I should have seen this topic coming when I asked my friends on Instagram what kind of science article they’d want to read. The idea that instant coffee could be whipped (quite literally) into something so aesthetically luxurious did intrigue me though. It was never my intention, but I am going to hop on the bandwagon that is Dalgona coffee.
Dalgona coffee originated from India, Macau, and Pakistan, where it was known simply as whipped coffee. It was apparently popularised by South Korean actor Jung Il-Woo, who had it in Macau. He nicknamed it Dalgona due to its resemblance to the Korean honeycomb candy of the same name. It has since become viral on social media because people seem to be able to make a trend out of anything now that they have to stay at home.
The recipe for Dalgona coffee calls for a mixture of instant coffee, sugar, and water to be whisked together in a 1:1:1 volumetric ratio. The procedure reminded me of meringues, and my hypothesis was that Dalgona coffee works similarly. In meringues, egg whites are beaten such that the proteins present are broken down, and this beating incorporates air into the mixture. The proteins form networks around the air bubbles, trapping them, and resulting in a foam being formed. The proteins found in instant coffee can have the same effect. When the mixture is whipped, the air bubbles become smaller and more stable. In addition, the sugar stabilises the air bubbles formed, resulting in a consistency that is thick and frothy. Since this whipped mixture is mostly air, it is light and thus, floats.
Armed with the power of knowledge, I grabbed my ingredients and whisked my coffee mixture for the duration of eight Jay Chou songs. I failed spectacularly.
In my attempt to salvage the situation, I went back to the meringue recipe and realised that making successful meringues required the lack of egg yolks. The fats present in egg yolk bind to the proteins in the egg whites, interfering with the protein network formation. The air bubbles become less stable, and the foam cannot form as well. The 3-in-1 instant coffee powder I used turned out to be the problem. There was 3.5 times as much fat as there was protein in the coffee powder I used. The creamer in the coffee powder contained hydrogenated palm kernel oil, and that probably prevented protein network formation. It is no wonder that stable air bubbles could not form.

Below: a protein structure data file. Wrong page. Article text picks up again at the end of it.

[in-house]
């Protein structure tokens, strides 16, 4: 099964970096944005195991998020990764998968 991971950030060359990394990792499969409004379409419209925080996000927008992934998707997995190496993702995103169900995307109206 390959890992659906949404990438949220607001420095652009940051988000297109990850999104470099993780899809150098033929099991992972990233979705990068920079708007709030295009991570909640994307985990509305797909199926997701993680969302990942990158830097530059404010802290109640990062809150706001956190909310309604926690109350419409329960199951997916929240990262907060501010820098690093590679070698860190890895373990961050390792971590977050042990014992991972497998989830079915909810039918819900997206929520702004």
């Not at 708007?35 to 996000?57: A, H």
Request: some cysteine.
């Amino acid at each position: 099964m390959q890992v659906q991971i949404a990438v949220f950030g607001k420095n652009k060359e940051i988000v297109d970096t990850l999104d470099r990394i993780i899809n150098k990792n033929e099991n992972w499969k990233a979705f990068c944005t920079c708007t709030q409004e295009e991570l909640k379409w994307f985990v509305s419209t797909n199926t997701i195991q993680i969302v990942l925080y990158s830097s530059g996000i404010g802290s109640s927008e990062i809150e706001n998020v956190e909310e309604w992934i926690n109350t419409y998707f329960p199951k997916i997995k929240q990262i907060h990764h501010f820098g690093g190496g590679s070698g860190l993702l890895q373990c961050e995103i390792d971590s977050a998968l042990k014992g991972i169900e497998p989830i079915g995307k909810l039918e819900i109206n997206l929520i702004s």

In the name of Science, I bought instant coffee that did not contain creamer and tried again. The result?
The mixture did become creamy, but it was not as frothy as I would have liked it to be. I suspect that the ten minutes of whipping time was insufficient to incorporate enough air, or I might have added a little too much sugar and made it too thick. Nonetheless, I was satisfied with my results and it did float on top of my milk. It basically tasted like very sweet milk coffee to me, which should not be surprising since the composition of the ingredients was not exactly altered.
Then, a friend asked me if the same method could work with other drinks, such as Milo. Like any good Science student, I conducted another experiment to test this out.
The Milo mixture became thicker, but it was very likely due to the presence of sugar and water. Milo powder contains fats, either in the form of sunflower oil or vegetable oil. I tried adding more sugar to stabilise the foam, but it did not help the cause at all. In hindsight, I could have whipped it for an extended period to get the same consistency. Perhaps we should just stick to using coffee if we’re feeling a bit lazier.
It was definitely an interesting experience and I did have some fun discussing the science behind it with my sister, who majors in food science. That being said, I wouldn’t do this again since I can get similar-tasting coffee from a can and the workout my arm went through wasn’t worth it. Don’t let anyone judge you, though. Do whatever makes you happy and whatever makes you stay home during this period. Stay home, stay safe!
Written by Nicholas Chang
Illustrations by Lee Ai Cing